‘Partying with penguins’: joy as Falklands town wins coveted city status to mark the Queen’s jubilee

·2-min read
<span>Photograph: Yefim Bam/Alamy</span>
Photograph: Yefim Bam/Alamy

With an official population of just 2,458, Stanley became one of the world’s smallest cities last week after it was granted the status to mark the Queen’s platinum jubilee.

But its celebrations promise to be anything but micro, according to the residents of the Falkland Islands capital.

The islands’ government said it would be “partying with the penguins” following the news, tweeting that the South Atlantic archipelago was “over the moon”.

Meanwhile, Nicholas Roberts, a seventh-generation Falkland Islander and deputy editor of Stanley-based Penguin News, told the Observer that the mood in the new city was buoyant. “There’s a lot of excitement about it,” he said, adding that some had taken Friday afternoon off work to prepare celebrations.

It would no doubt heighten the mood at the planned annual May ball, he said, which he described as “a mixture between a prom and a cèilidh”, and all the platinum jubilee celebrations. “Everyone’s in high spirits. So I’m sure that will bleed into the nightlife and celebrations going on in Stanley at the moment.”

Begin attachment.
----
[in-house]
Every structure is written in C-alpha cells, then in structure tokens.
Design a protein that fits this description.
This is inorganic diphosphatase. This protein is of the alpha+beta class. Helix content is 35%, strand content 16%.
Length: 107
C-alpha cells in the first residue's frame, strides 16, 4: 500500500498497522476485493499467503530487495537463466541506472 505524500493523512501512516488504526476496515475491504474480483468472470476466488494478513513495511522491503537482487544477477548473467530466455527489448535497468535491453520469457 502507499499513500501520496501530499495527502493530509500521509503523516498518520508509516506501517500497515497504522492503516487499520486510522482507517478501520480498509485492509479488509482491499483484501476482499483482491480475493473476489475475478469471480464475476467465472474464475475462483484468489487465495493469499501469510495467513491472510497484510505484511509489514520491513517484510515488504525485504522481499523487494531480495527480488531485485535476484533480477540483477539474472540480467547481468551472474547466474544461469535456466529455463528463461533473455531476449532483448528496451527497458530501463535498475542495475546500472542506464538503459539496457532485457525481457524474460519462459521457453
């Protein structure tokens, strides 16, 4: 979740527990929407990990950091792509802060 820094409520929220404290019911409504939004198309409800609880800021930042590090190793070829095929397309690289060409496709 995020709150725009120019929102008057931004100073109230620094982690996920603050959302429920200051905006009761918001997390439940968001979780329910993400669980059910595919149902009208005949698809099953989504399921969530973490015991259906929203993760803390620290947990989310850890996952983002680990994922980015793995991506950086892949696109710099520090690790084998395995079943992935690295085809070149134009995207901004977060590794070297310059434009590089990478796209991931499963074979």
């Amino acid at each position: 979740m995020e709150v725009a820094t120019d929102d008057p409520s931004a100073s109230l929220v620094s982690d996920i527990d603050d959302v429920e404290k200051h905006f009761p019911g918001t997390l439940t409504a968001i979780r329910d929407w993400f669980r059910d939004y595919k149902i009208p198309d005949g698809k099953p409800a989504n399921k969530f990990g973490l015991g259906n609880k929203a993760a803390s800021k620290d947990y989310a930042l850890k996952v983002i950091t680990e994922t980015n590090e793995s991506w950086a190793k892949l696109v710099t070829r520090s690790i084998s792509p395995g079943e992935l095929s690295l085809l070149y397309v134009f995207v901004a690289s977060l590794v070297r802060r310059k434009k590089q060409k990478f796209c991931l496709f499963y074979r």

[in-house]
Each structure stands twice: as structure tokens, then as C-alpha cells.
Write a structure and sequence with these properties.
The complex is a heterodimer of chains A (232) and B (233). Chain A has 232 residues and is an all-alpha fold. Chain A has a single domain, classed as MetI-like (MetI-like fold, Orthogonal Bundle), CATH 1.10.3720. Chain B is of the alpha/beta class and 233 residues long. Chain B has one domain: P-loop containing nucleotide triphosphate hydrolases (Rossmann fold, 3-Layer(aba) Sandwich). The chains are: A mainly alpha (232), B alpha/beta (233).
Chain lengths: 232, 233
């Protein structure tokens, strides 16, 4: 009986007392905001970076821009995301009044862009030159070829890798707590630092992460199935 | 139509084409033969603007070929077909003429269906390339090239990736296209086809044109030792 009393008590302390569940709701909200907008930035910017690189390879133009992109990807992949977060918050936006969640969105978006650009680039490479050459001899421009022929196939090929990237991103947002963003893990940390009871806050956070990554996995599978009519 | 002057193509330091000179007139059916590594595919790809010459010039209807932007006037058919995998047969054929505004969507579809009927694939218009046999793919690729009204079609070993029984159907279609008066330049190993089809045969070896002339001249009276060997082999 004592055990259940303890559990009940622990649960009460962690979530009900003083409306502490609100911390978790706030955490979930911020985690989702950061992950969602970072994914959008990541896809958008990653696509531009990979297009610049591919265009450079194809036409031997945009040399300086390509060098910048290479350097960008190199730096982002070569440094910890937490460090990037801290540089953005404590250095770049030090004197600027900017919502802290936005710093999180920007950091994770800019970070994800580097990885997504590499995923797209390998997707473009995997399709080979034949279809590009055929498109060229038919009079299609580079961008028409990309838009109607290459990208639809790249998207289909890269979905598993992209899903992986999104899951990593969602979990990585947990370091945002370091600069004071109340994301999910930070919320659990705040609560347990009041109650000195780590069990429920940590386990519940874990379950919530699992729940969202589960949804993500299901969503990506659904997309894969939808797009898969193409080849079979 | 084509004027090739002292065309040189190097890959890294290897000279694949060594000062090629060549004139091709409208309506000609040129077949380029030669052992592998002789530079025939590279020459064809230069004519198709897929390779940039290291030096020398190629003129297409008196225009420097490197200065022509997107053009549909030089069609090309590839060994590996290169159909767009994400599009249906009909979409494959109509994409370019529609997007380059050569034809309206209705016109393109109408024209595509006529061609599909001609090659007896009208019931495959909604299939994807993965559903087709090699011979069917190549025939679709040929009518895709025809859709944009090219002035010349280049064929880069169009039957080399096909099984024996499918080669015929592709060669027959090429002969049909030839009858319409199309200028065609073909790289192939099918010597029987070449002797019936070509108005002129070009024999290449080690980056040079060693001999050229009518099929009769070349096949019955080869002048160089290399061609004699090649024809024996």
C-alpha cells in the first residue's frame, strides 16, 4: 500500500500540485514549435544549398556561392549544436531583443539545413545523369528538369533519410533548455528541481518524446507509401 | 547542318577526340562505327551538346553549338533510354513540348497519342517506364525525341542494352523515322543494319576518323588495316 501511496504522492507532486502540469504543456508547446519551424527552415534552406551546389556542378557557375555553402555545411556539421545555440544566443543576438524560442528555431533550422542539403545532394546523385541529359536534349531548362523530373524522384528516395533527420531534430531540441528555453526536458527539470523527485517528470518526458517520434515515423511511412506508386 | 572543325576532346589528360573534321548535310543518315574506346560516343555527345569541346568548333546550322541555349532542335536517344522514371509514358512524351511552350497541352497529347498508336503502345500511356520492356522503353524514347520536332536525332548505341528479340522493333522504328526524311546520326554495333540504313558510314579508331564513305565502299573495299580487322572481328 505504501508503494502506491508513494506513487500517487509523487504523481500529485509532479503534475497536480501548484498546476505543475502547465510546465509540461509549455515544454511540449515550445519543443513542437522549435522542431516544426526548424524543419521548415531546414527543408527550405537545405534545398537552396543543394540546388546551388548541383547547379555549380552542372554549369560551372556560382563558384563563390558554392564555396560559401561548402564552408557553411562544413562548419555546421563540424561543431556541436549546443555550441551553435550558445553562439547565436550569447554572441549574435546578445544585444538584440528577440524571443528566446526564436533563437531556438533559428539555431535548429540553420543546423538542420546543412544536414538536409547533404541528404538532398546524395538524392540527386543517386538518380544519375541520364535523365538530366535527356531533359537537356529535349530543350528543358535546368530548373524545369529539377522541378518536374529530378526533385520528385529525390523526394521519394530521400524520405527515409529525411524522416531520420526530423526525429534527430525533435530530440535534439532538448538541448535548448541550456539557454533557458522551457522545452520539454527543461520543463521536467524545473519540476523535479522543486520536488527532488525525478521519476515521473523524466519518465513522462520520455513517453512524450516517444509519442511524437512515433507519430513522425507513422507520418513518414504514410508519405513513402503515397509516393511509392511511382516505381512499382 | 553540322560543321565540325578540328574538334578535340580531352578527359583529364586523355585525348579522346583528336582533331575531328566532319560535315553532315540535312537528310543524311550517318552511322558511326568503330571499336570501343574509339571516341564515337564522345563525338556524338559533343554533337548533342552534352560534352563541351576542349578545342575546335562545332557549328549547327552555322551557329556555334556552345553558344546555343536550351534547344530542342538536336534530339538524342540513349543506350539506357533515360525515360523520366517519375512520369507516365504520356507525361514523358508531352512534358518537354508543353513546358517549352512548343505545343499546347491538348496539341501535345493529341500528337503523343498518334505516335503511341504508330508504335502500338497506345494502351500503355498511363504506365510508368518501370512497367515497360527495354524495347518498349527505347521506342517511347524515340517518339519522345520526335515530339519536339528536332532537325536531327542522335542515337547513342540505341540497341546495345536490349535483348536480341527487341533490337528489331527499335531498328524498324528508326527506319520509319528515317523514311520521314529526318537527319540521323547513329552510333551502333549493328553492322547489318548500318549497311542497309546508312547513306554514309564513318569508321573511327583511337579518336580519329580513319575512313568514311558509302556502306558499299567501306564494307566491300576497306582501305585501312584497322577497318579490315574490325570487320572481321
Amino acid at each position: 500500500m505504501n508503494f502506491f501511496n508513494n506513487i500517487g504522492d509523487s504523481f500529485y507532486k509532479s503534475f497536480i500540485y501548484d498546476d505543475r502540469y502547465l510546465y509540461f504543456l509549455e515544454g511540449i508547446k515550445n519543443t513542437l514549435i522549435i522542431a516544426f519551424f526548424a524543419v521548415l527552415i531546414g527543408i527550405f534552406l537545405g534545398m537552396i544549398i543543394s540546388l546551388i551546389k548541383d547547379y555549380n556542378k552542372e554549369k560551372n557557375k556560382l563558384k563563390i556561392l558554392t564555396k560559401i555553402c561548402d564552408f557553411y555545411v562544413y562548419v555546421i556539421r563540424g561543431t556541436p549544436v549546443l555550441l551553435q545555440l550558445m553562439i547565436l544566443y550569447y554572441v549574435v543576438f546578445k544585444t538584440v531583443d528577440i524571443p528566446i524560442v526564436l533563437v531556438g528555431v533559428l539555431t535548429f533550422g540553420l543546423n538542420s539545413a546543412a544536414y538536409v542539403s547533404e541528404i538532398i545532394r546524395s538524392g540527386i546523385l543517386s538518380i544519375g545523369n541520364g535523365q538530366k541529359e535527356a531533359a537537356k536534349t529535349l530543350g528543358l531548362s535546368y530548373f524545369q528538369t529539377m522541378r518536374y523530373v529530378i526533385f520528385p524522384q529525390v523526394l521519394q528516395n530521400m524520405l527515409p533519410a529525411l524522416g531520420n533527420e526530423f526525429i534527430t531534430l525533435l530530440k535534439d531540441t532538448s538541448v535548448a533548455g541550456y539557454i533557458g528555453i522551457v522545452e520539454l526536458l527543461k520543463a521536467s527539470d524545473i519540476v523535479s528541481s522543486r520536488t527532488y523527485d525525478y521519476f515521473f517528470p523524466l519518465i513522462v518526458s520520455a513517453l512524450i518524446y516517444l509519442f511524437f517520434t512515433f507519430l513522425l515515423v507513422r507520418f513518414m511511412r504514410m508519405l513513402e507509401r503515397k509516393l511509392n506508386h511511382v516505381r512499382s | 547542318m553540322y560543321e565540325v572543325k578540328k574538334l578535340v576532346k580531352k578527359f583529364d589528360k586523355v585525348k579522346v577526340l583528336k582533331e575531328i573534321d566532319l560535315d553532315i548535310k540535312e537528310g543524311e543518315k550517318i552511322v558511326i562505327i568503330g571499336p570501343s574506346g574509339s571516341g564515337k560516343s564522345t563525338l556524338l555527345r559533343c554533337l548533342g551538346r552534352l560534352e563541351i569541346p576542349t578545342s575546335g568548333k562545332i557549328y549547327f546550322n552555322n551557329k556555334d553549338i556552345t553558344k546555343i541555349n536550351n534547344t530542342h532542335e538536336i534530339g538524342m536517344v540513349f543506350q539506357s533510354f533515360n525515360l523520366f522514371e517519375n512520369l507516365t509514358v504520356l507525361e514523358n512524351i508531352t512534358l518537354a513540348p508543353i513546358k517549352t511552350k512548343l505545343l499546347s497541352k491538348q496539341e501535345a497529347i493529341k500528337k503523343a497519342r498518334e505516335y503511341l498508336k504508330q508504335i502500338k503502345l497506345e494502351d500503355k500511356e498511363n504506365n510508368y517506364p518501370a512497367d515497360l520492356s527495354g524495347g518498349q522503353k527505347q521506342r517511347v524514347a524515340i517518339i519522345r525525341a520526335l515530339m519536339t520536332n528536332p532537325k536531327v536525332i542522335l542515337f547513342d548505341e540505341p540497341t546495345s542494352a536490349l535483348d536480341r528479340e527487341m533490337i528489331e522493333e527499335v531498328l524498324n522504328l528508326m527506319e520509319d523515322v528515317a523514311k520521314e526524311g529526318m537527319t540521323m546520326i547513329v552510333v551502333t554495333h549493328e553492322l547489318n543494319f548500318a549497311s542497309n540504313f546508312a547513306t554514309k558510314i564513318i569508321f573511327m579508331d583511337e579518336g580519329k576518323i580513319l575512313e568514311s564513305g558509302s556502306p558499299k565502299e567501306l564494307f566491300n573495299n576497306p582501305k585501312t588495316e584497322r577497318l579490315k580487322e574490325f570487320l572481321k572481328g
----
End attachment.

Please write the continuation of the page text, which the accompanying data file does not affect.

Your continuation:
Christ Church cathedral and the whalebone arch in Stanley, Falkland Islands
Christ Church cathedral and the whalebone arch in Stanley, Falkland Islands. Photograph: John Turner Photography/Alamy

However, he said it was “unfortunate timing” that the landmark announcement’s embargo meant that they were unable to include it in Friday’s paper. But he said the weekly publication, the only newspaper produced in the Falkland Islands, would simply wait to cover it next week.

Born and raised in Stanley, leaving only to go to college and university in the UK before returning to work as a journalist, he said life in Stanley is “brilliant” and that the new city is “booming” at the moment with new businesses and a growing population. Meanwhile, dolphins play in the harbour and there’s a colony of penguins nearby. “So often people only think of the Falklands as 1982. But in the 40 years since, Stanley has grown.”

Traighana Smith, news editor of Falklands Radio, said everybody was “absolutely delighted”. But with commemorations for the 40th anniversary of the Falklands war under way, she predicted most people would hold off their celebrations until the platinum jubilee weekend.

Smith, who moved to Stanley six years ago from Scotland, said: “It’s going to be a bit bizarre calling it the city of Stanley. I’m not sure how long that will take to take off.”

In many ways, she said Stanley was an “average small town”. But with wildlife including sea lions, albatross, penguins, dolphins and penguins, it certainly has unique attributes. “There are not many cities that you would be able to escape into open countryside in literally the 30 seconds I think it takes to drive to the city limits,” she said.

Our goal is to create a safe and engaging place for users to connect over interests and passions. In order to improve our community experience, we are temporarily suspending article commenting